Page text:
Beck B.,Belgium Institute for Agricultural and Fisheries Research | Spanoghe P.,Ghent University | Moens M.,Belgium Institute for Agricultural and Fisheries Research | Moens M.,Ghent University | And 4 more authors.
Pest Management Science | Year: 2014

BACKGROUND: The potential of the entomopathogenic nematode (EPN) Steinernema feltiae Filipjev as a biocontrol agent against the cabbage maggot Delia radicum (L.), was assessed in three field tests, focusing on EPN dosage, application technique and timing. RESULTS: Spraying cabbage plant trays with different doses of infective juveniles (IJs) (50 000, 100 000 and 200 000 per plant) generated a similar reduction of plant mortality. Spraying plant trays with 200 000 IJs of Steinernema feltiae per plant temporarily reduced the number of maggots around the plants' roots, while neither spraying a lower dose (50 000 IJs/plant) nor soil drenching with 200000 or 50000 IJs/plant) reduced maggot numbers. When applied as a plant tray spray, IJs of S. feltiae took 1-2weeks to spread through the soil surrounding the roots. The pathogenicity of the EPNs, as evaluated by a Galleria mellonella bait test, was highest (up to 100% mortality) until up to five weeks after application, and declined to control levels after 4-7weeks. Follow-up drench applications with EPNs, applied one and/or two weeks after the first EPN application, did not influence control of Delia radicum. CONCLUSION: Plant tray spraying provides better placement of Steinernema feltiae than soil drench treatments for control of Delia radicum. Plant mortality was not dose-dependent in the presented trials, unlike the reduction of maggot numbers. Further research into timing and application technique of follow-up treatments with S. feltiae is required to increase efficacy to commercial standards. © 2013 Society of Chemical Industry.

Agency: European Commission | Branch: H2020 | Program: CSA | Phase: RUR-10-2016-2017 | Award Amount: 2.00M | Year: 2017

Agroforestry (AF) is the practice of deliberately integrating woody vegetation (trees or shrubs) with crop and/or animal systems to benefit from the resulting ecological and economic interactions. Research activities developed by AFINET partners indicates that appropriate application of AF principles and practices is a key avenue to help the European Union to achieve more sustainable methods of food and fibre production, producing both profits for farmers and environmental benefits. However up to now exists a lack of AF knowledge among end-users that prevent the correct implementation of these practices. In this sense AFINET will act at EU level in order to take up research results into agricultural practice, improving knowledge exchange between scientists and practitioners on AF activities, with a special focus on silvoarable and silvopastoral systems design, management, and production and profitability. To achieve this objective AFINET consortium proposes an innovative methodology based on: (i) The creation of a EU reservoir of scientific and practical knowledge of AF with an end-user-friendly access (the Knowledge Cloud). (ii) The creation of a European Interregional network (composed of Regional Agroforestry Innovation Networks - RAINs) considering a multi-actor approach (including farmers, policy makers, advisory services, extension services, etc.), and articulated through the figure of the Innovation Broker. These RAINs groups will be interconnected in nine strategic regions of Europe from Spain, UK, Belgium, Portugal, Italy, Hungary, Poland, France and Finland, representing different climatic, geographical, social, and cultural conditions at European level. In addition, to create a greater user acceptance of the collected solutions and an intensive dissemination to end-users, AFINET will be linked to other networks, initiatives and policy instruments at regional, national and European level with a specific focus on the EIP-AGRI implementation.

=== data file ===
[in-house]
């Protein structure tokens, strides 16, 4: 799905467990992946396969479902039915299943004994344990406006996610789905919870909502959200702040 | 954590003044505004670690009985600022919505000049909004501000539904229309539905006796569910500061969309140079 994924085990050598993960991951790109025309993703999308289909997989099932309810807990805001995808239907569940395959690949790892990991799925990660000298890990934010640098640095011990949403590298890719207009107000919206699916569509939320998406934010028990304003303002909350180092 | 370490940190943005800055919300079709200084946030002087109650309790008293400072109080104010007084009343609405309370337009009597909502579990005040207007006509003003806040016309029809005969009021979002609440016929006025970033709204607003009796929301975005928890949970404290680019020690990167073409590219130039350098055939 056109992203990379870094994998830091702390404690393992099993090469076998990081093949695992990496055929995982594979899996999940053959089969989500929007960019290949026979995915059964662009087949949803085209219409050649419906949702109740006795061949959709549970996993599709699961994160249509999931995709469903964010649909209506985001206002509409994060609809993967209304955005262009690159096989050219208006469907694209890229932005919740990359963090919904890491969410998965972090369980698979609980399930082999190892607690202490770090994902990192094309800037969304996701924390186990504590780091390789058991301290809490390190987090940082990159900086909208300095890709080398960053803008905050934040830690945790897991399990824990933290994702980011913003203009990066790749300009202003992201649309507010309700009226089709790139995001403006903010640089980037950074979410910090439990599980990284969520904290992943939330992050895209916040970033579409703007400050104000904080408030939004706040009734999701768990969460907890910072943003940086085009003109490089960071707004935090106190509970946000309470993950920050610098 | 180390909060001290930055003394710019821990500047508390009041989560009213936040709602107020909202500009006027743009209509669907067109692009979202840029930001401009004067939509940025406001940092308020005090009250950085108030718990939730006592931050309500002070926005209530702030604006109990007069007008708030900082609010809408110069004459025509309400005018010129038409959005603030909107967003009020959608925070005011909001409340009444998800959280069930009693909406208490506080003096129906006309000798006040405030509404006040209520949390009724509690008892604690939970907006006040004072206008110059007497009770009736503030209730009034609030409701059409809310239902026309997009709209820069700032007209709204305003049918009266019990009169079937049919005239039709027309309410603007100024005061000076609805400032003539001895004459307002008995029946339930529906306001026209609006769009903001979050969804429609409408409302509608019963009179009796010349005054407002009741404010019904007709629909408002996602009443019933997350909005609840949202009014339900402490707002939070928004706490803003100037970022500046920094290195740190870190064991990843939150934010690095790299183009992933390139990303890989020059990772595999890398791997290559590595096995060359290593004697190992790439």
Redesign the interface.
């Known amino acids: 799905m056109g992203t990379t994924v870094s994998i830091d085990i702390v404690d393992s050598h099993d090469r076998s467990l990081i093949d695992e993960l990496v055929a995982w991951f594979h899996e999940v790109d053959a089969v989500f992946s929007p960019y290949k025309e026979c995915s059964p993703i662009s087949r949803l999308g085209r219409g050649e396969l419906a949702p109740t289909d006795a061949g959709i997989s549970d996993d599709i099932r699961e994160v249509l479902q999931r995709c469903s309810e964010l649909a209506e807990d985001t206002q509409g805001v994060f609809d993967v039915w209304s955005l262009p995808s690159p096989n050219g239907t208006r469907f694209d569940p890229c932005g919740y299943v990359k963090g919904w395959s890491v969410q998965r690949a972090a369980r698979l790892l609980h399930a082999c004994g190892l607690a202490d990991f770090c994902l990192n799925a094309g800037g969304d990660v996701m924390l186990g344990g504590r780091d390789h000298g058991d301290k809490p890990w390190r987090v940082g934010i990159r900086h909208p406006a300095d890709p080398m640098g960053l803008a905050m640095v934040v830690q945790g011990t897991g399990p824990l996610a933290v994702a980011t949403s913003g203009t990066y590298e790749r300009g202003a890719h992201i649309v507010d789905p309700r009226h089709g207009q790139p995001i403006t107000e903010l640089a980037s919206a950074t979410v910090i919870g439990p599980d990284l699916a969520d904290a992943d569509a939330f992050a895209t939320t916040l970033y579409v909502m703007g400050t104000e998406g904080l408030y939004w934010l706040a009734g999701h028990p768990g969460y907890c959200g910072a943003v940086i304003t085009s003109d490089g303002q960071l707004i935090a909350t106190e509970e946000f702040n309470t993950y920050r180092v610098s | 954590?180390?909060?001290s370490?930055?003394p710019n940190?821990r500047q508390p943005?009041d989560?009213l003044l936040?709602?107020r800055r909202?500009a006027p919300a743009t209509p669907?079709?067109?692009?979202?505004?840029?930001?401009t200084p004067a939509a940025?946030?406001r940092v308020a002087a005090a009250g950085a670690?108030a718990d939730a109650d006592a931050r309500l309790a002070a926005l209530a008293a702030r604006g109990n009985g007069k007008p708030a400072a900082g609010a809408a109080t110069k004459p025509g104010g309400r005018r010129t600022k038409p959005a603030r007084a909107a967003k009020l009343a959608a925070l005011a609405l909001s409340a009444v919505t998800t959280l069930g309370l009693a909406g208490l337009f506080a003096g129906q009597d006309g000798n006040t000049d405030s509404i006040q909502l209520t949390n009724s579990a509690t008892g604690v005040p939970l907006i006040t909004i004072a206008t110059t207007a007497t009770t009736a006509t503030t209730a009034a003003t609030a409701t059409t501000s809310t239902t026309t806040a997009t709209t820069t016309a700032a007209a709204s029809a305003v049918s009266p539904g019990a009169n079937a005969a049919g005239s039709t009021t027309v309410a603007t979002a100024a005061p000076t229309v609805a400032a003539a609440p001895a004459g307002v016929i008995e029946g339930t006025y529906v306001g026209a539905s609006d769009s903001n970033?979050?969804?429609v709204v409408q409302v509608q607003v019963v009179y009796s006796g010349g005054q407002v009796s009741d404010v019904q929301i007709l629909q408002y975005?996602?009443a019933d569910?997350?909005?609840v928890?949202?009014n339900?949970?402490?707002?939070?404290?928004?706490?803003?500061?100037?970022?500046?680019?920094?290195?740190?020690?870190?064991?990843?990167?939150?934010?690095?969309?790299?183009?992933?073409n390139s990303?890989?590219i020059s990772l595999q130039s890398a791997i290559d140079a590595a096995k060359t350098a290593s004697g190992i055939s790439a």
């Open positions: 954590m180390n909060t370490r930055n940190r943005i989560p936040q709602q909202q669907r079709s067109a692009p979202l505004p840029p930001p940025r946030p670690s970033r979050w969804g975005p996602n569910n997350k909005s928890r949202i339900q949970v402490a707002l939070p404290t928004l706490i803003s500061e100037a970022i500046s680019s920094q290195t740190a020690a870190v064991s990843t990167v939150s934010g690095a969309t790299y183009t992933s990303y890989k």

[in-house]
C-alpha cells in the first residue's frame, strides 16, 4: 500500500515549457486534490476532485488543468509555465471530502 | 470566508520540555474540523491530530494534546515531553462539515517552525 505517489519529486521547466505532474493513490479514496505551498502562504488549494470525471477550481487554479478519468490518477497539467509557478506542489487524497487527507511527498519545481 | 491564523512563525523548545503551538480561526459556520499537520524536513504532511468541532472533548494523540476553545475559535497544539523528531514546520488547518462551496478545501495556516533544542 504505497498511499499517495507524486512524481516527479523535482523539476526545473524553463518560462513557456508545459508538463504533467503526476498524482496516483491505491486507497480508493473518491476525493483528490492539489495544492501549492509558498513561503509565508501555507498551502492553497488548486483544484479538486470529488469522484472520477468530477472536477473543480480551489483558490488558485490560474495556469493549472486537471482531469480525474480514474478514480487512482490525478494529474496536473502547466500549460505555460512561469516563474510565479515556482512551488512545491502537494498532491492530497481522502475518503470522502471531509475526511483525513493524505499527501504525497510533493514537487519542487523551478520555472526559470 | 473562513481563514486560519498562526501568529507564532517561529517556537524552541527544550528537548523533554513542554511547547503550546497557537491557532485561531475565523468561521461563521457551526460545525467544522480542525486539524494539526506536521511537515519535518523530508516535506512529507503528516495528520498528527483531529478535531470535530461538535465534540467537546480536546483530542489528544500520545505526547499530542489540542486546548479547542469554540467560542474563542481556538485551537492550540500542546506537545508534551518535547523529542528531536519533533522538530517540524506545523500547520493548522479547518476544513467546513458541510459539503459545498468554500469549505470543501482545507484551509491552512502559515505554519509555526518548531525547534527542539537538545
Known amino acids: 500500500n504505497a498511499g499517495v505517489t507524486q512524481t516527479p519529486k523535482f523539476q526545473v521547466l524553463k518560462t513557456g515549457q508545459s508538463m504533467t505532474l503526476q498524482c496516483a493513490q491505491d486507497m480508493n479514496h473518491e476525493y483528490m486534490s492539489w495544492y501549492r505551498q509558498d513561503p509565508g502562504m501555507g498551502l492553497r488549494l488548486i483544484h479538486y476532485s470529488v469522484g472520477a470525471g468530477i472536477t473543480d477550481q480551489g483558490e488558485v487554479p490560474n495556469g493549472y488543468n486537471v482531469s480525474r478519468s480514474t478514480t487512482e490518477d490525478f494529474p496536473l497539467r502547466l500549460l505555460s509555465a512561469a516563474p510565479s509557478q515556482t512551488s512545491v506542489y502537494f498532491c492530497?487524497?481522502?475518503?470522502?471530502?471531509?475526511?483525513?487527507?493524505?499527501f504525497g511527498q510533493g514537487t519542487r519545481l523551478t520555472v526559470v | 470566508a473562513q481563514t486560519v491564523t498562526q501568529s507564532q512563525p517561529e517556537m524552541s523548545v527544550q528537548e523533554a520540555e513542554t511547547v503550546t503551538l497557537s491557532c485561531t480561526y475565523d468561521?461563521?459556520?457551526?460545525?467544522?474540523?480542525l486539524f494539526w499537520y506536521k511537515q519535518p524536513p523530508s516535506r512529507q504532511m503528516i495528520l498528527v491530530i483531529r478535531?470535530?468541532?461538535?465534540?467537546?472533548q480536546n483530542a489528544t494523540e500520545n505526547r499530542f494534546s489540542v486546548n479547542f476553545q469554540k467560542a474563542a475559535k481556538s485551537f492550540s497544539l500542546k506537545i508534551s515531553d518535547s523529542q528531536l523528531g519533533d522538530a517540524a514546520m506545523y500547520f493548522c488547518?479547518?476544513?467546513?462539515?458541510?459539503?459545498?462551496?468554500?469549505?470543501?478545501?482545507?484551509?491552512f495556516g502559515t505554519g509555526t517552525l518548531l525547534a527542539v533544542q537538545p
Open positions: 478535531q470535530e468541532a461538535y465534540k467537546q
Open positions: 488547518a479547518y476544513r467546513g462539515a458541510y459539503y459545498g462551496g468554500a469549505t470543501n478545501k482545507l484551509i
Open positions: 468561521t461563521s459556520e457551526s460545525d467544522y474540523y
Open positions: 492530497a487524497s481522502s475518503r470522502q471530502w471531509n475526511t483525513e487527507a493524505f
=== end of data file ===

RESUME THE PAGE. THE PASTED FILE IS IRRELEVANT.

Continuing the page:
Agency: European Commission | Branch: FP7 | Program: CP | Phase: ENV.2013.WATER INNO&DEMO-1 | Award Amount: 9.23M | Year: 2014

The objective of INAPRO is to mobilise industry, member states and stakeholders to promote a new and innovative technical and technological approach right up to an Aquaponic system which allows a nearly emission free sustainable production and contributes remarkably to global food security for the 21st century. Considering that traditional Aquaponic systems, combining aquaculture and hydroponics, have a great potential in saving water and energy and recovering nutrients from wastewater by value chains, the project aims at a real breakthrough for these systems towards commercialization. This will be achieved by a) the model based optimisation of the system concept in respect to water consumption and quality, environmental impact, waste avoidance, CO2 release and nutrient recycling, energy efficiency, management efforts and finally costs and b) the integration of new technologies containing cutting edge approaches such as: 1) innovative one-way water supply for horticulture and water retrieval by condensation, 2) alternative water and energy sources, 3) optimized filter systems, 4) intelligent sensor and management network for an optimized system construction and operation. The viability of INAPRO systems will be proved in concept-based demonstration projects both in rural and in urban areas that offer a potential economic advantage while simultaneously reducing water and carbon footprint. The dissemination activities (to policy, public and end-users) will open new market opportunities and improve market access inside and outside Europe for producers and technology suppliers. These ambitions meet perfectly with the EU strategies under Europe 2020 to face the challenges of dramatic water resource developments in Europe and worldwide. The project supports particularly the Innovation Union with the EIP Water as one key initiative and further the Common Agricultural Policy and will consequently be closely connected to an EIP Action Group in agricultural water management.

Agency: European Commission | Branch: FP7 | Program: CP-IP-SICA | Phase: KBBE-2009-2-5-01 | Award Amount: 7.58M | Year: 2010